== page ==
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  7. How could I answer to PPK’s claims if I didn’t get any? I had totally forgotten that the article is out today. On my evolt articles I get an email when a message comes in, a feature this “forum” doesn’t have.

    I like moose’s solution, it is the correct one and will be a big success in some year’s time.

    But what do you do now, when a client wants image replacement and it should work on IE5, 5.5 and 6?

    I was more insulted by your post than by PPK’s to be truthful. He claimed that the dash in his name is not much of an issue, you tried yourself on sarcasm about it. A kind of neener neener behaviour. PPK doesn’t need anyone defending him, he publishes articles when he thinks there is a need for it.

    I updated the script with some of the improvements asked for here, this is the learning I have taken and the action I have done. Not too good, but a start, and a lot more than just ranting on and blowing the horn of one or the other side.

    Maybe I am not as good an editor as I think I was (I surely released this one too early and we surely didn’t look over it well enough before publishing it). I do know some bits though and I am not a script kiddie as hinted and claimed here. 

    Can we keep this in levels that are productive?

    Some articles on ALA were wicked when they came out and make you cringe now. They got updated, that is the whole idea. When DHTML came out, the Dan Steinman site was a killer, now we know much of it was bloated and just not future proof.

    I respect PPK a lot, and I respect a lot of people knowing much of CSS to come, I just wished that instead of bickering here we could just work together on the same problem, hey, I am game. If I am not good enough, I try to improve, if I just hear hostility and unproven accusations, I shut up and do something more productive.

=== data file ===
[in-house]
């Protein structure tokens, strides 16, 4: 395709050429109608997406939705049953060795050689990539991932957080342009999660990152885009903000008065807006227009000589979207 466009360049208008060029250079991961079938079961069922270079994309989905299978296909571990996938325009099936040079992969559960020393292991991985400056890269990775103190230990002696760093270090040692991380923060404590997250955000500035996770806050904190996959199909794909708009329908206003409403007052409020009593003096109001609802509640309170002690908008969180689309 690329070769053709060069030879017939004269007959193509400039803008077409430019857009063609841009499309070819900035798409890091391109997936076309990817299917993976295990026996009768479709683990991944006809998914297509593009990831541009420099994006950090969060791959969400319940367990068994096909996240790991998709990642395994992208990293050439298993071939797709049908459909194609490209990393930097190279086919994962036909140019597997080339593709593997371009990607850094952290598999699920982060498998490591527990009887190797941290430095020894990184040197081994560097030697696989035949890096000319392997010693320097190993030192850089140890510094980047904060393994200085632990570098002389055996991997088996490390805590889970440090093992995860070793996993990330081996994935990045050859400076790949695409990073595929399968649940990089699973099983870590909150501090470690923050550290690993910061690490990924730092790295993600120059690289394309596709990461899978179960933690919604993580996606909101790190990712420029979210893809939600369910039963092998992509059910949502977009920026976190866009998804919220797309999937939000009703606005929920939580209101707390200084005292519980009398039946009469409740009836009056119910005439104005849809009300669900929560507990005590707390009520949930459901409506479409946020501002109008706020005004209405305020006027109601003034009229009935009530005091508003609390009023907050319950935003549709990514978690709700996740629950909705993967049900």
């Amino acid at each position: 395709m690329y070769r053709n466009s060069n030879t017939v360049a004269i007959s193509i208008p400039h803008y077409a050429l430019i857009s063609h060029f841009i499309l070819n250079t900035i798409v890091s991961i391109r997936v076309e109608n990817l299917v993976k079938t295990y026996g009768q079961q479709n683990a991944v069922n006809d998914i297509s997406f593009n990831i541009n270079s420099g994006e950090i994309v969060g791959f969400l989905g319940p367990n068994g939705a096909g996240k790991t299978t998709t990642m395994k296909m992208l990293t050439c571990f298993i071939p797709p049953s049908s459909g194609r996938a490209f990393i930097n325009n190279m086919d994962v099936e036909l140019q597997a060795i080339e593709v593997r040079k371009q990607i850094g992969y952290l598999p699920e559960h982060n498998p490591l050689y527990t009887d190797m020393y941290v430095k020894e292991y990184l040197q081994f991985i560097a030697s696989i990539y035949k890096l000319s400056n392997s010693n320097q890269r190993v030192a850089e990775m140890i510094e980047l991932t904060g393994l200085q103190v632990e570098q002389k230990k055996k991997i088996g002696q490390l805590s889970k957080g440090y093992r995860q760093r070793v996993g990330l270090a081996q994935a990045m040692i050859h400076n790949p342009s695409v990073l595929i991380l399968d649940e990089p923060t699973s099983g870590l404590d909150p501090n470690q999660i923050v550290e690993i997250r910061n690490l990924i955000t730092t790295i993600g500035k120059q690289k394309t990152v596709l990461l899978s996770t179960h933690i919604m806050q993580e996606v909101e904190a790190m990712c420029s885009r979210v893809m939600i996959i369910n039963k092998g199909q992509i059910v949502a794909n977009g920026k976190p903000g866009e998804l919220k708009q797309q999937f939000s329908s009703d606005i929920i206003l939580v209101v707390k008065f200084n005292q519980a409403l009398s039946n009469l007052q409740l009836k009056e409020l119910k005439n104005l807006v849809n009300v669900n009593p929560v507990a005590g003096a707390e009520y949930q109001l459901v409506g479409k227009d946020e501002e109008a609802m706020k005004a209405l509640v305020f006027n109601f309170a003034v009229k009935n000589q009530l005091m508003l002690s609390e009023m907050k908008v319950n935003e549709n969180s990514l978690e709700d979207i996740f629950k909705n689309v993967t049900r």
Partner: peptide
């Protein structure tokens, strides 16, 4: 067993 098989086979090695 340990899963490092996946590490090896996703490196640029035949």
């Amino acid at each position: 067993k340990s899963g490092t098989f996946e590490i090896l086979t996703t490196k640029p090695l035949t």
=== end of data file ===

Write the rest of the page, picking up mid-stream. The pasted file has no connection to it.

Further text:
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  8. Since Tom and Patrick were dead right I significantly altered my critique of this article. It has become softer on Heilmann, but considerably harsher on ALA.

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  9. >Ah, hell, Tom, maybe you and Patrick
    >are even right, I don’t know any more.

    >It’s just that there is so bloody much
    >JavaScript trash floating around the Web,
    >and ALA may be turning into the umpteenth
    >JavaScript junkyard, deceiving the innocent
    >newbies who come here for guidance.

    1. Nice rewrite. That’s so much better. My respect for you is now intact! ;) (jk)

    2. To the JS issue: You are mostly correct – and maybe this is straying off topic for this comment thread, not sure. I learned JavaScript by myself starting in 1996-7 and I can’t tell you how many times I got frustrated as a beginner when I went somewhere that had junk code.

    Now as someone who is somewhat considered an “expert” (hate the term) which I really am not (trust me), I STILL find the same problem which you allude to when I search for scripts/articles today. In some way the article OR the explanation (or both) fail.

    Unfortunately I think its the nature of the online publishing. But I agree, we can hold ALA to a higher standard. I expect, knowing the people behind ALA, that they will learn from this as far as quality control goes.

    Anyway, don’t wanna ramble! Cheers…


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  10. PPK’s updated response is much better.